August 3, 2017

Whitehouse, Portman Introduce Bill to Help Behavioral Health Care Providers Adopt Electronic Health Records

Bill would help provide quality, coordinated care for Americans battling addiction and mental illness

Washington, DC – Today, Senators Sheldon Whitehouse (D-RI) and Rob Portman (R-OH) introduced legislation to help behavioral health care providers – like psychologists and psychiatric hospitals – adopt electronic health records.  The bill would extend federal incentives to adopt electronic health technology to behavioral health care providers, improving the coordination and quality of care for Americans with mental health, addiction, and other behavioral health care needs.

“Good care for people fighting addiction or mental illness takes up-to-date information on a patient, just like any other kind of care,” said Whitehouse.  “Right now, federal incentives to adopt electronic health records and better coordinate care don’t go to most behavioral health providers.  This bill would help fix that, helping the behavioral health community connect better with physical health doctors to get better results for patients.  Thank you to Senator Portman for joining me on this bill.  It’s an example of the smart, bipartisan work Congress can do to improve our health care system.”

“This common-sense bill would improve care for those receiving mental health and substance abuse treatment.  And it would help bring our behavioral health system in line with physician health care by enabling the same incentives for substance use and behavioral health providers that other medical professionals have received,” said Portman.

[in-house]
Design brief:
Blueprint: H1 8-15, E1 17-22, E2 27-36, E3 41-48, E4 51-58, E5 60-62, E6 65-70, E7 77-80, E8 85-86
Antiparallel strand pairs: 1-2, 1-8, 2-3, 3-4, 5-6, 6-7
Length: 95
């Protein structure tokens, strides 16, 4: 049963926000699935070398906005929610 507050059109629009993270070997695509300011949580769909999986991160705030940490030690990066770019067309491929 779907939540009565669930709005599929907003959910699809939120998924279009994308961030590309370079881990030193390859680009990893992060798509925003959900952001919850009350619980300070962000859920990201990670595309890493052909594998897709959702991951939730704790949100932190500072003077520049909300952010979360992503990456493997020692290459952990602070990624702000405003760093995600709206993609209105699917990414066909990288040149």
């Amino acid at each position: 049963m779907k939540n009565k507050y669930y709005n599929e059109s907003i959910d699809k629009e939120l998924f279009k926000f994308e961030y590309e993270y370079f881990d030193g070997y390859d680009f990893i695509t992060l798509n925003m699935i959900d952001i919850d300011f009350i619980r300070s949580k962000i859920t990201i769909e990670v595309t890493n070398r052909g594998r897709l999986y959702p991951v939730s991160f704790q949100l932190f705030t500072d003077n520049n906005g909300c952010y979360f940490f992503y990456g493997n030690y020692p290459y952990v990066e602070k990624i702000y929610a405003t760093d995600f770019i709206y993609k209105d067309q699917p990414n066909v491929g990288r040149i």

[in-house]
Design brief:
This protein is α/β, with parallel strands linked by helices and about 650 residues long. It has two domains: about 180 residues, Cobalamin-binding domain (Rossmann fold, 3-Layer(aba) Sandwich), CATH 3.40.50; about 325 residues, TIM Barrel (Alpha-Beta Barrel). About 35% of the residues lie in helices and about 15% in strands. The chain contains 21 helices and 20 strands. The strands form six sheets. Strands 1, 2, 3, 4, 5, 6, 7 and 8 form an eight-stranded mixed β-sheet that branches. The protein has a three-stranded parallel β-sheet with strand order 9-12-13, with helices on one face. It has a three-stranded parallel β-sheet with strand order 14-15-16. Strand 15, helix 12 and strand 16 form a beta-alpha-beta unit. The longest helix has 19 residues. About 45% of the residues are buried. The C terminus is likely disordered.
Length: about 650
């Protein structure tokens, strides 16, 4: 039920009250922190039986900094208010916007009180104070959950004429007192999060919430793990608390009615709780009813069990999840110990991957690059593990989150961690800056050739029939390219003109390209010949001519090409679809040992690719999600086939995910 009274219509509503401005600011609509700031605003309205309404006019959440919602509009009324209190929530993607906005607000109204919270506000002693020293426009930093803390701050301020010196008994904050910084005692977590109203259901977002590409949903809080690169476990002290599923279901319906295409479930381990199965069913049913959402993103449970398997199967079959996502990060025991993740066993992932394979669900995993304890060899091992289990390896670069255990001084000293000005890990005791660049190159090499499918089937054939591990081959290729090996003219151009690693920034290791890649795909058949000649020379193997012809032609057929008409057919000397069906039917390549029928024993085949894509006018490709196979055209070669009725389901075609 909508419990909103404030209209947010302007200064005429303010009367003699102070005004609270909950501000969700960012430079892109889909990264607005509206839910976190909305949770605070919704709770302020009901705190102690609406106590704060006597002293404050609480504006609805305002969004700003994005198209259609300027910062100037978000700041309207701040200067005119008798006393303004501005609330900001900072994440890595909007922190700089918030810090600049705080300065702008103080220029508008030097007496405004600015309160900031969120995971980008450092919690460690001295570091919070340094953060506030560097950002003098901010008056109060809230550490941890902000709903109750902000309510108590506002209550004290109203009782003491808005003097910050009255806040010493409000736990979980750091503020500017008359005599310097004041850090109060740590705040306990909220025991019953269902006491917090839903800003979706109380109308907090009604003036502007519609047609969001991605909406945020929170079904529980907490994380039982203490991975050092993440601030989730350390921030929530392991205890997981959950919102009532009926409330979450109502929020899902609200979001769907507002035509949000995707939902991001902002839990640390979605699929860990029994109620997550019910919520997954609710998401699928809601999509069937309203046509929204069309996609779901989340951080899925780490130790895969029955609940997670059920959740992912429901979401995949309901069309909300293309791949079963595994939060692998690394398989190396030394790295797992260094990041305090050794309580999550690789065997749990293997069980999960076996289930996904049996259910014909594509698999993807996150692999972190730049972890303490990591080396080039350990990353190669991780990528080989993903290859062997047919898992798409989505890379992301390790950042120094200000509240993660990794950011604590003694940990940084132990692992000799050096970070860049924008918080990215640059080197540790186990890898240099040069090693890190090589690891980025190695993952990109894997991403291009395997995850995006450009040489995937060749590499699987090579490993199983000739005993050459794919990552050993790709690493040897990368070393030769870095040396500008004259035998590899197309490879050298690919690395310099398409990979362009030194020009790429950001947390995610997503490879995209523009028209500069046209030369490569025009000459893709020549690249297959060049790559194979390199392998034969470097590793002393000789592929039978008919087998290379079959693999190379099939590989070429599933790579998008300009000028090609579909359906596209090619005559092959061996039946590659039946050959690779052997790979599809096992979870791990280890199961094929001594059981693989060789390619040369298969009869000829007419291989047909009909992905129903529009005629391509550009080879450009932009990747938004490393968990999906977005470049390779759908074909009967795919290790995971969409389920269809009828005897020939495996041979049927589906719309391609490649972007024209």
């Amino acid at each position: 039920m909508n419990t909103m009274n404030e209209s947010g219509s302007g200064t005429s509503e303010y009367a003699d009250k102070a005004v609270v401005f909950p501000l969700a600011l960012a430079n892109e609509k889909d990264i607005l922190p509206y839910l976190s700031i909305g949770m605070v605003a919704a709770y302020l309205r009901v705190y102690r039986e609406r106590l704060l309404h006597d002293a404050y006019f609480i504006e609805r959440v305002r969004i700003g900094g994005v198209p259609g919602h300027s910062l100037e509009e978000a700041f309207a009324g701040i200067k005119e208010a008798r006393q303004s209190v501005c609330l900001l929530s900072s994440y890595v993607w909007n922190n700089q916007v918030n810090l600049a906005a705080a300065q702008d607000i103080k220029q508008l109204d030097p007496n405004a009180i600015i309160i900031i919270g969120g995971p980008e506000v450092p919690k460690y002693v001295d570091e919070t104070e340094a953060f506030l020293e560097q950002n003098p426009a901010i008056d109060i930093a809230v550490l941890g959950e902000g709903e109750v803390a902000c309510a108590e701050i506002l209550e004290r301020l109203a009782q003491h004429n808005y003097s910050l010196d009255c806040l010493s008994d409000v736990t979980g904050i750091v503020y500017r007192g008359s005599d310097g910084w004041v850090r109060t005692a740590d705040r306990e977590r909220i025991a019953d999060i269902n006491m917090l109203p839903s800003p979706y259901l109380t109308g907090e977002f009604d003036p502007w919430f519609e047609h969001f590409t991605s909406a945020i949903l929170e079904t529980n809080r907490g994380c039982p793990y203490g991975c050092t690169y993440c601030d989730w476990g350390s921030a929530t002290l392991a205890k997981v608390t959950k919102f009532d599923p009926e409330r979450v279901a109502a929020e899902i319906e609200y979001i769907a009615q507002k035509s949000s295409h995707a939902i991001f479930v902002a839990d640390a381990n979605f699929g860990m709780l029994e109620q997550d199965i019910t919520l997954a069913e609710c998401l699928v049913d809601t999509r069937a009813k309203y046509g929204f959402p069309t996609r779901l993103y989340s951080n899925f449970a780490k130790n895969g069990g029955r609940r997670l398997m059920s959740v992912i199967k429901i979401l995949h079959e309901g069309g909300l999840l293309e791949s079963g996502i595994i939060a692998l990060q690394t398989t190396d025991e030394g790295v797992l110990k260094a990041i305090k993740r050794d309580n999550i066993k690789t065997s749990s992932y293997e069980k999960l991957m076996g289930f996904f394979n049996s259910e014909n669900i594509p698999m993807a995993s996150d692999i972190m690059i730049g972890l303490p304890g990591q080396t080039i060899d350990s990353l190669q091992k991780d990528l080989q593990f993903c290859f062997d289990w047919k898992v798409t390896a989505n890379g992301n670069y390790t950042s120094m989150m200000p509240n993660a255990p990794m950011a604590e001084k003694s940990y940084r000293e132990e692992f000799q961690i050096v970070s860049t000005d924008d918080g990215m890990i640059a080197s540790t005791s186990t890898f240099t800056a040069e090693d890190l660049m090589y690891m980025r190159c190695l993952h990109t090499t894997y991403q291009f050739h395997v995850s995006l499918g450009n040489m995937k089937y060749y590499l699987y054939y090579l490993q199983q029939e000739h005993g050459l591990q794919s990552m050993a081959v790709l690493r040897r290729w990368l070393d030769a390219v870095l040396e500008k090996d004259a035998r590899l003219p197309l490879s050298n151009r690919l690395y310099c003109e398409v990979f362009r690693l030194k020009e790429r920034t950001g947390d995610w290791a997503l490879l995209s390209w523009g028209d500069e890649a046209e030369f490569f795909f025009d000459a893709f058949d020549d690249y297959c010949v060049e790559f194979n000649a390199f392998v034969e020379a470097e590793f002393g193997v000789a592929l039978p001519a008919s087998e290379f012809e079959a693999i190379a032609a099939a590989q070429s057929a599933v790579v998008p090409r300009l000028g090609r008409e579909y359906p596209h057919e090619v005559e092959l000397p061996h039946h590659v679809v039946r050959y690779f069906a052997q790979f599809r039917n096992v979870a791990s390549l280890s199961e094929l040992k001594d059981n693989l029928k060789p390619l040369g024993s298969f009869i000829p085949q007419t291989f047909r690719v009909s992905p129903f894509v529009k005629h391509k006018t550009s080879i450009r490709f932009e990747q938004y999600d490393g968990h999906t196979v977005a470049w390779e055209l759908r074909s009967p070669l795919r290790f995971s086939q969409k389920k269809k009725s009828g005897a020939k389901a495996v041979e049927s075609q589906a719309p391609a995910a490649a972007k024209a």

Since 2011, the federal government has distributed over $37 billion in incentive payments to health care providers to adopt electronic health records.  However, psychologists, community mental health centers, psychiatric hospitals, and others that specialize in treating addiction and mental health conditions do not qualify for this funding.  This has contributed to a substantial gap in the rates of adoption of health information technology between providers that qualify for federal electronic health record programs and those that do not, like behavioral health providers.

Whitehouse and Portman’s Improving Access to Behavioral Health Information Technology Act would authorize the Centers for Medicare and Medicaid Services Innovation Center to implement a demonstration program that provides incentive payments for adopting electronic health records to behavioral health care providers. 

“Including records from psychologists and other mental and behavioral health providers in a patient’s electronic health record will help ensure that Medicare and Medicaid patients receive coordinated, high-quality care,” said Wendy Plante, PhD, of the Rhode Island Psychological Association.  “A complete health record that integrates medical and behavioral health can reduce adverse drug to drug interactions and duplicative tests, and provide necessary information to the emergency department at hospitals to triage patients more effectively.  This not only improves care but, ultimately, can reduce health care costs.”

The House has introduced companion legislation, sponsored by Congresswomen Lynn Jenkins (R-KS) and Doris Matsui (D-CA), to authorize CMS Innovation Center incentive payments to behavioral health providers.


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Meaghan McCabe, (202) 224-2921